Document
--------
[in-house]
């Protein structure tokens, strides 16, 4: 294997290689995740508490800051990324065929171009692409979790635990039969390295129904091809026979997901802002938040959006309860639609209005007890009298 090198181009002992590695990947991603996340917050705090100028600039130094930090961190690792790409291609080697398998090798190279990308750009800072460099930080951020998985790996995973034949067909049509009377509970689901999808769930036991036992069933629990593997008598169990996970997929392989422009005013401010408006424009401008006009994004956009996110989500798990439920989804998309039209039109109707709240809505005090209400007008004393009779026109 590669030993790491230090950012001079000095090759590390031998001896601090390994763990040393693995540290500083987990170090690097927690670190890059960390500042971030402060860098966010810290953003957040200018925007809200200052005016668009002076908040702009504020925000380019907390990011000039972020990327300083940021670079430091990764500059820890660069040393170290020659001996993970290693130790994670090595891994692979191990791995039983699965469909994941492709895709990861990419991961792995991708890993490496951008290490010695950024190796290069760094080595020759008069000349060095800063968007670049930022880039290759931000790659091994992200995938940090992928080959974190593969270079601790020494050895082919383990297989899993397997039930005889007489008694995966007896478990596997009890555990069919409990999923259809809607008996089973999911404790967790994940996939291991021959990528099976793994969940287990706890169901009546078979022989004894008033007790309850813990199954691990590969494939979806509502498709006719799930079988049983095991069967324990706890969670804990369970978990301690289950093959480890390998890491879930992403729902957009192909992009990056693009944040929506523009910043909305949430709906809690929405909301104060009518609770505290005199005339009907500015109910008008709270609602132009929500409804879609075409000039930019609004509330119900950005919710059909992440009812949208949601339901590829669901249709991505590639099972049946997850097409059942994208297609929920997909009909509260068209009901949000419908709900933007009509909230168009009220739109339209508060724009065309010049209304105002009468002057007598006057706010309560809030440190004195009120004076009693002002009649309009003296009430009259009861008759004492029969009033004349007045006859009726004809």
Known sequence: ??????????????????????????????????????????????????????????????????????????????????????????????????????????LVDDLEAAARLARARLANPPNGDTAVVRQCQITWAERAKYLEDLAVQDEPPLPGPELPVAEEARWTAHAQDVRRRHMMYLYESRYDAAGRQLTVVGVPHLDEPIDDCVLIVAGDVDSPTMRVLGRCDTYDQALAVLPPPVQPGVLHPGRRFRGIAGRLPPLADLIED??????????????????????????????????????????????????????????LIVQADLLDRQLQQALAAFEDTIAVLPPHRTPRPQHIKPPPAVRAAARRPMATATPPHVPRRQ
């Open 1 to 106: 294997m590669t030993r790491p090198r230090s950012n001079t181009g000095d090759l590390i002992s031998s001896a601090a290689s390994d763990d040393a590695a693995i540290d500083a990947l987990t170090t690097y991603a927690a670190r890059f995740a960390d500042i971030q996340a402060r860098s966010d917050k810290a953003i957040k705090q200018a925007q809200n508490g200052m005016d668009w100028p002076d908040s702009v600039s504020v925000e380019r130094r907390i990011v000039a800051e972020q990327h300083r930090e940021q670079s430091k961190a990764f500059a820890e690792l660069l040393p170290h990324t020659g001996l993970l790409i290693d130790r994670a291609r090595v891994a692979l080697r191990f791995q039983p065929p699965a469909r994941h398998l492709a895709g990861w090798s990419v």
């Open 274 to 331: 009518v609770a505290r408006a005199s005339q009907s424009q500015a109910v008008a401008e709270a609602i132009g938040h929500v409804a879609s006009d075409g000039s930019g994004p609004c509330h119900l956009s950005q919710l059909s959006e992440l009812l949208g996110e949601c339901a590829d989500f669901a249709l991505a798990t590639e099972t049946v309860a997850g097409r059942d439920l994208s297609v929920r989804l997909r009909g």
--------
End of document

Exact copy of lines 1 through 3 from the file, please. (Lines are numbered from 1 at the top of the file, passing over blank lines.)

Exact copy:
[in-house]
């Protein structure tokens, strides 16, 4: 294997290689995740508490800051990324065929171009692409979790635990039969390295129904091809026979997901802002938040959006309860639609209005007890009298 090198181009002992590695990947991603996340917050705090100028600039130094930090961190690792790409291609080697398998090798190279990308750009800072460099930080951020998985790996995973034949067909049509009377509970689901999808769930036991036992069933629990593997008598169990996970997929392989422009005013401010408006424009401008006009994004956009996110989500798990439920989804998309039209039109109707709240809505005090209400007008004393009779026109 590669030993790491230090950012001079000095090759590390031998001896601090390994763990040393693995540290500083987990170090690097927690670190890059960390500042971030402060860098966010810290953003957040200018925007809200200052005016668009002076908040702009504020925000380019907390990011000039972020990327300083940021670079430091990764500059820890660069040393170290020659001996993970290693130790994670090595891994692979191990791995039983699965469909994941492709895709990861990419991961792995991708890993490496951008290490010695950024190796290069760094080595020759008069000349060095800063968007670049930022880039290759931000790659091994992200995938940090992928080959974190593969270079601790020494050895082919383990297989899993397997039930005889007489008694995966007896478990596997009890555990069919409990999923259809809607008996089973999911404790967790994940996939291991021959990528099976793994969940287990706890169901009546078979022989004894008033007790309850813990199954691990590969494939979806509502498709006719799930079988049983095991069967324990706890969670804990369970978990301690289950093959480890390998890491879930992403729902957009192909992009990056693009944040929506523009910043909305949430709906809690929405909301104060009518609770505290005199005339009907500015109910008008709270609602132009929500409804879609075409000039930019609004509330119900950005919710059909992440009812949208949601339901590829669901249709991505590639099972049946997850097409059942994208297609929920997909009909509260068209009901949000419908709900933007009509909230168009009220739109339209508060724009065309010049209304105002009468002057007598006057706010309560809030440190004195009120004076009693002002009649309009003296009430009259009861008759004492029969009033004349007045006859009726004809």
Known sequence: ??????????????????????????????????????????????????????????????????????????????????????????????????????????LVDDLEAAARLARARLANPPNGDTAVVRQCQITWAERAKYLEDLAVQDEPPLPGPELPVAEEARWTAHAQDVRRRHMMYLYESRYDAAGRQLTVVGVPHLDEPIDDCVLIVAGDVDSPTMRVLGRCDTYDQALAVLPPPVQPGVLHPGRRFRGIAGRLPPLADLIED??????????????????????????????????????????????????????????LIVQADLLDRQLQQALAAFEDTIAVLPPHRTPRPQHIKPPPAVRAAARRPMATATPPHVPRRQ